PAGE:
The 77 percent who said religion's influence was lessening and the 20 percent who said it was on the rise represent Americans' most negative evaluations of the effects of religion since 1970, Gallup said.
Americans were more likely to say religion's weight was increasing instead of decreasing when the question was first posed in 1957, in 1962, and several times in the 1980s during the Ronald Reagan's presidency; and after the Sept. 11, 2011, terrorist attacks in late 2001 and early 2002, as well as in 2005.
Results indicate 75 percent of Americans asked said it would be positive for society if more Americans were religious, the Princeton, N.J., polling agency said.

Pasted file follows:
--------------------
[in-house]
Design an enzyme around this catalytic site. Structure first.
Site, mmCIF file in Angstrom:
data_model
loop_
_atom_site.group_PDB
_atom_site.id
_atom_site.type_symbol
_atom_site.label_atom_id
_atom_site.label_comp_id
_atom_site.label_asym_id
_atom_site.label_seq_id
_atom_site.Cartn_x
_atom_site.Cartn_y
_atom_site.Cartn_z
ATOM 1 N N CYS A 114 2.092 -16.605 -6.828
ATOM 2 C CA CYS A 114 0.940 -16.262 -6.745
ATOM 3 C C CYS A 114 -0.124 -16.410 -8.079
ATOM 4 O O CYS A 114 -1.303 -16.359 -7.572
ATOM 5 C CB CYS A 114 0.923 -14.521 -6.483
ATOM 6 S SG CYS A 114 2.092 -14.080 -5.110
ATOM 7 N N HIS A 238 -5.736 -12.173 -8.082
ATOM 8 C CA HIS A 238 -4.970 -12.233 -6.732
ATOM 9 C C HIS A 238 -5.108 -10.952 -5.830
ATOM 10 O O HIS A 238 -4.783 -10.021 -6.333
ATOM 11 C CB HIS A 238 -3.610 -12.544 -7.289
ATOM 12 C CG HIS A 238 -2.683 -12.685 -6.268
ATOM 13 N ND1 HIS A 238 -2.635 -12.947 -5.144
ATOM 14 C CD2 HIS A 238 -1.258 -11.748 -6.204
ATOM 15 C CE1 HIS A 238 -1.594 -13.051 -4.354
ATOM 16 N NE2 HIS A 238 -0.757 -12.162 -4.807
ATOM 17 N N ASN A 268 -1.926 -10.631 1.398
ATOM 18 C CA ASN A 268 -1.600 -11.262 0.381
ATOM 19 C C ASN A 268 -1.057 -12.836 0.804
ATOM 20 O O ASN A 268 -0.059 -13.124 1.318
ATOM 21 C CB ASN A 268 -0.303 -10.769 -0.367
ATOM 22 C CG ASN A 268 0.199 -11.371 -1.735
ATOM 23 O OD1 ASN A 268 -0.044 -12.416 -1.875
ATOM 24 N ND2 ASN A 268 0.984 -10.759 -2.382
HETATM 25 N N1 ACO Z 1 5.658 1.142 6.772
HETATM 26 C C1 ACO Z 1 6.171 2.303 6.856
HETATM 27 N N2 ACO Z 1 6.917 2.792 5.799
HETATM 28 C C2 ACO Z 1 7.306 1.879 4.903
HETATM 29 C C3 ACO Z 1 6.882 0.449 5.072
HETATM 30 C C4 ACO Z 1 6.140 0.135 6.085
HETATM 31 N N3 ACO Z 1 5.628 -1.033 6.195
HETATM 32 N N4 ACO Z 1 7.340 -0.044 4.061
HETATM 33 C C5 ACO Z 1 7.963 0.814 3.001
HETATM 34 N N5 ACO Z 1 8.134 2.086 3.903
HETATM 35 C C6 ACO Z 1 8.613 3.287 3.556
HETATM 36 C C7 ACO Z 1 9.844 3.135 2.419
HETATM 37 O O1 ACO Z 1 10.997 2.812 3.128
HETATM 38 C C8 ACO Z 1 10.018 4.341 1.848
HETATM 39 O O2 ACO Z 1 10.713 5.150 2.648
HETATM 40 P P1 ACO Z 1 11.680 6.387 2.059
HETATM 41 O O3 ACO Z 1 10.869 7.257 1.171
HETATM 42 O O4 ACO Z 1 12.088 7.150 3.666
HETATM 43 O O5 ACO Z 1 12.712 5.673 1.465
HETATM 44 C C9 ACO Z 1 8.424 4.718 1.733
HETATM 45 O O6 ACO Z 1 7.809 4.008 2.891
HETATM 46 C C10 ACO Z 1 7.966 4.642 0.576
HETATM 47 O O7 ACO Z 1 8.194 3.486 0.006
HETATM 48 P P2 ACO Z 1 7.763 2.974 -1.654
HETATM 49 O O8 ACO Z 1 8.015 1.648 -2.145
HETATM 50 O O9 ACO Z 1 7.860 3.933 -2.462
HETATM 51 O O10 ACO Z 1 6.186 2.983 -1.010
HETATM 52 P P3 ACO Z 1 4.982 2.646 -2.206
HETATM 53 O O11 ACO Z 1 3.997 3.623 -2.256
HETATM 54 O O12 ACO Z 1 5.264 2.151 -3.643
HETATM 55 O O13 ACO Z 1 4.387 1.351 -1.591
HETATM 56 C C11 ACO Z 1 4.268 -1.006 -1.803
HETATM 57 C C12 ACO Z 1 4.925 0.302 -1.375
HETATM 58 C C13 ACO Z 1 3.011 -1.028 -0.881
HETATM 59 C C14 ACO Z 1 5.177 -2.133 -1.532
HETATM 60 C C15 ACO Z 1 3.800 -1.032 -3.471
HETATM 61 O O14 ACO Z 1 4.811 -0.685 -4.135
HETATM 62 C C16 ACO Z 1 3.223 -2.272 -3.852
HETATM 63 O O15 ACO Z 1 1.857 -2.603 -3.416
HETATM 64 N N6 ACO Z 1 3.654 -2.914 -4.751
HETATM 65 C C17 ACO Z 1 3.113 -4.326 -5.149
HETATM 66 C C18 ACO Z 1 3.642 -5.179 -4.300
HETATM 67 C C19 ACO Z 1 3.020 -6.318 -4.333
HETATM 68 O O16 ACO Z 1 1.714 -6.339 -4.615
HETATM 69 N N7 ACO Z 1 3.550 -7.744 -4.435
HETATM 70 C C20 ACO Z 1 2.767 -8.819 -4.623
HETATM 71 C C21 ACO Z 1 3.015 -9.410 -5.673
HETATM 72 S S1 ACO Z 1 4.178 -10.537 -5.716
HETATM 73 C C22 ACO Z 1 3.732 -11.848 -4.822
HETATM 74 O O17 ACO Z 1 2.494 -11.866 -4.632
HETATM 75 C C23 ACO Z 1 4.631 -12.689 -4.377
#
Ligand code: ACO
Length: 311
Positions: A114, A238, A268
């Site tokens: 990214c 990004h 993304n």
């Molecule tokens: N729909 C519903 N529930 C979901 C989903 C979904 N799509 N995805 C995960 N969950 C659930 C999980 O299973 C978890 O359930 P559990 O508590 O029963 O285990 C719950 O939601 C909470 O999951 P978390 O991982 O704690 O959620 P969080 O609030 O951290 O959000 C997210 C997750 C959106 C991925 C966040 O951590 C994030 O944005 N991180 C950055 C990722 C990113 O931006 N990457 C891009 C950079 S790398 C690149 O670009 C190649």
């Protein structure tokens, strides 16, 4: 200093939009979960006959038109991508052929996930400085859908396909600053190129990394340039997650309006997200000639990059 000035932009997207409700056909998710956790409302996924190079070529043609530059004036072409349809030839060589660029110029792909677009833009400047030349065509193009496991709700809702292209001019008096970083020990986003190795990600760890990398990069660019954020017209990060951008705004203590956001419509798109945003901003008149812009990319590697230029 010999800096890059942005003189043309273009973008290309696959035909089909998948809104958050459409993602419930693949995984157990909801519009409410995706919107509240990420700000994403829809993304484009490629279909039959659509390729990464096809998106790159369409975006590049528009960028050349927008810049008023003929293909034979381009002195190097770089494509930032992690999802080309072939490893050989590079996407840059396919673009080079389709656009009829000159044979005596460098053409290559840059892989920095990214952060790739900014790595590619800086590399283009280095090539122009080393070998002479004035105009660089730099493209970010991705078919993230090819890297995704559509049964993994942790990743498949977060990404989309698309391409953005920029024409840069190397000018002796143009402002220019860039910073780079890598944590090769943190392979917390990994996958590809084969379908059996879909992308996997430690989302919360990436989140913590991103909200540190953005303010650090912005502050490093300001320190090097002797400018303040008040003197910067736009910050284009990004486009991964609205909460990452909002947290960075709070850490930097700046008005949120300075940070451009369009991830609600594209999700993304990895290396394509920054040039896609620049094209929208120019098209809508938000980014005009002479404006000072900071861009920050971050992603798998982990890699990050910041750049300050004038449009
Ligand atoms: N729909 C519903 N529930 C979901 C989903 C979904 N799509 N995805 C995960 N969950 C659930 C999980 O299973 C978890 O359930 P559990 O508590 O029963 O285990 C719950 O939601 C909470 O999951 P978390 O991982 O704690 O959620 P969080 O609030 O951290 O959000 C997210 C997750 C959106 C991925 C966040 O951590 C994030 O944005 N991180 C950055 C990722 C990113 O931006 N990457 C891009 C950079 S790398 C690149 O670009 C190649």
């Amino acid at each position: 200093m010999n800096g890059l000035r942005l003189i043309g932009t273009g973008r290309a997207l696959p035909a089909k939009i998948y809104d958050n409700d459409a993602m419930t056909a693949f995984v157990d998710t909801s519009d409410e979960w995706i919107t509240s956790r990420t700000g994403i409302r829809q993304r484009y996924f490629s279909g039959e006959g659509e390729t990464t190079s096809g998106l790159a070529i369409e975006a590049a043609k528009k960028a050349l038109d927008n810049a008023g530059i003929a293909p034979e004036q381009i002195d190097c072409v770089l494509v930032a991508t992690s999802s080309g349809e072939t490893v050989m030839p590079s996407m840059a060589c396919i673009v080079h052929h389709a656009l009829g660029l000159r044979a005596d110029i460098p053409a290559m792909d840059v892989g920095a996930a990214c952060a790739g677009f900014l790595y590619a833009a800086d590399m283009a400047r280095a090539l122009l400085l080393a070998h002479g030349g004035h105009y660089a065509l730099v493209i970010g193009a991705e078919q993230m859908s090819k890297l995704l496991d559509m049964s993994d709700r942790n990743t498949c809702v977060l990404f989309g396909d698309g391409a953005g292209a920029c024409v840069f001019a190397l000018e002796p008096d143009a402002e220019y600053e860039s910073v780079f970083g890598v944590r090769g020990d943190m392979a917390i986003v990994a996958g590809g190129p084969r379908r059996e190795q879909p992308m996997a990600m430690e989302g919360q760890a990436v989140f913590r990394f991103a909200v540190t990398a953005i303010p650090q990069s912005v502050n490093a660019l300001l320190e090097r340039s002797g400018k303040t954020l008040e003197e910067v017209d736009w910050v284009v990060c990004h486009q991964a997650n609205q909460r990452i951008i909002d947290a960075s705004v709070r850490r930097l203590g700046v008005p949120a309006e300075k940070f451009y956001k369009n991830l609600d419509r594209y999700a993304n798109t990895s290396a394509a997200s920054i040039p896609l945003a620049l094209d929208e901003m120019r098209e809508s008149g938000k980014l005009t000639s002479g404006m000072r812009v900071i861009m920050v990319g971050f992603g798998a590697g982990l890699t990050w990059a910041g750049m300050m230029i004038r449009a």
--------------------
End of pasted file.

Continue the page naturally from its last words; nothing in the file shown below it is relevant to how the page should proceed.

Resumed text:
In general, Gallup said, highly religious Americans were neither more nor less likely to say religion is losing its influence than those who aren't religious.
The pollster said it found a modest relationship between Americans' ideology, as well as partisanship, and their views of the influence of religion. Liberals and Democrats were more likely than conservatives and Republicans to say religion's influence is increasing in American society.
Results are based on nationwide telephone interviews with 1,535 adults conducted May 2-7. The margin of error is 3 percentage points.